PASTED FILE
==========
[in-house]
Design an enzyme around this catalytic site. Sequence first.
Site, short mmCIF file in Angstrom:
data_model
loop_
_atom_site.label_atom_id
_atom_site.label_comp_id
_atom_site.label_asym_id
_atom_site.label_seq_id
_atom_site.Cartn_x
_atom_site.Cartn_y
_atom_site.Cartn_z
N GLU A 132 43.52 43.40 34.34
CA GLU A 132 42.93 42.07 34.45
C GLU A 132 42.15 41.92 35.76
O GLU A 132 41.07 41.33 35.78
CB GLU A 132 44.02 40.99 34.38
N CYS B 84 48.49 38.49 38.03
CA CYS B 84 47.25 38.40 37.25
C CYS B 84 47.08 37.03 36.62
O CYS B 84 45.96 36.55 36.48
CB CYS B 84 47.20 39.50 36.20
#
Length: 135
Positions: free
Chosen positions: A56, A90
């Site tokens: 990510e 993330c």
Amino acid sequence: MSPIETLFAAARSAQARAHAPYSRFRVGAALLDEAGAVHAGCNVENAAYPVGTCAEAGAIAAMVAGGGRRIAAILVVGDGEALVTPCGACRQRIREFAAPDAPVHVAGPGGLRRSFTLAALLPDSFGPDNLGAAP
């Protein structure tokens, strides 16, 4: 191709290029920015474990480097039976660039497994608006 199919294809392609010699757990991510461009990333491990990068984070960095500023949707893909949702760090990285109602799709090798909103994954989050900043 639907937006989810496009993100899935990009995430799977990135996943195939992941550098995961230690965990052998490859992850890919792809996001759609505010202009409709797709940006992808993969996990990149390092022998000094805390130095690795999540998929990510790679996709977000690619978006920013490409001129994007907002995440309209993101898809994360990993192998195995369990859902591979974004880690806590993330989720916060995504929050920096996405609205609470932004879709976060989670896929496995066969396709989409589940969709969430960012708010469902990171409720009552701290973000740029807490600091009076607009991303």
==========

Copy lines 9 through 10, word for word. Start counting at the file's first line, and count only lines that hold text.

_atom_site.label_seq_id
_atom_site.Cartn_x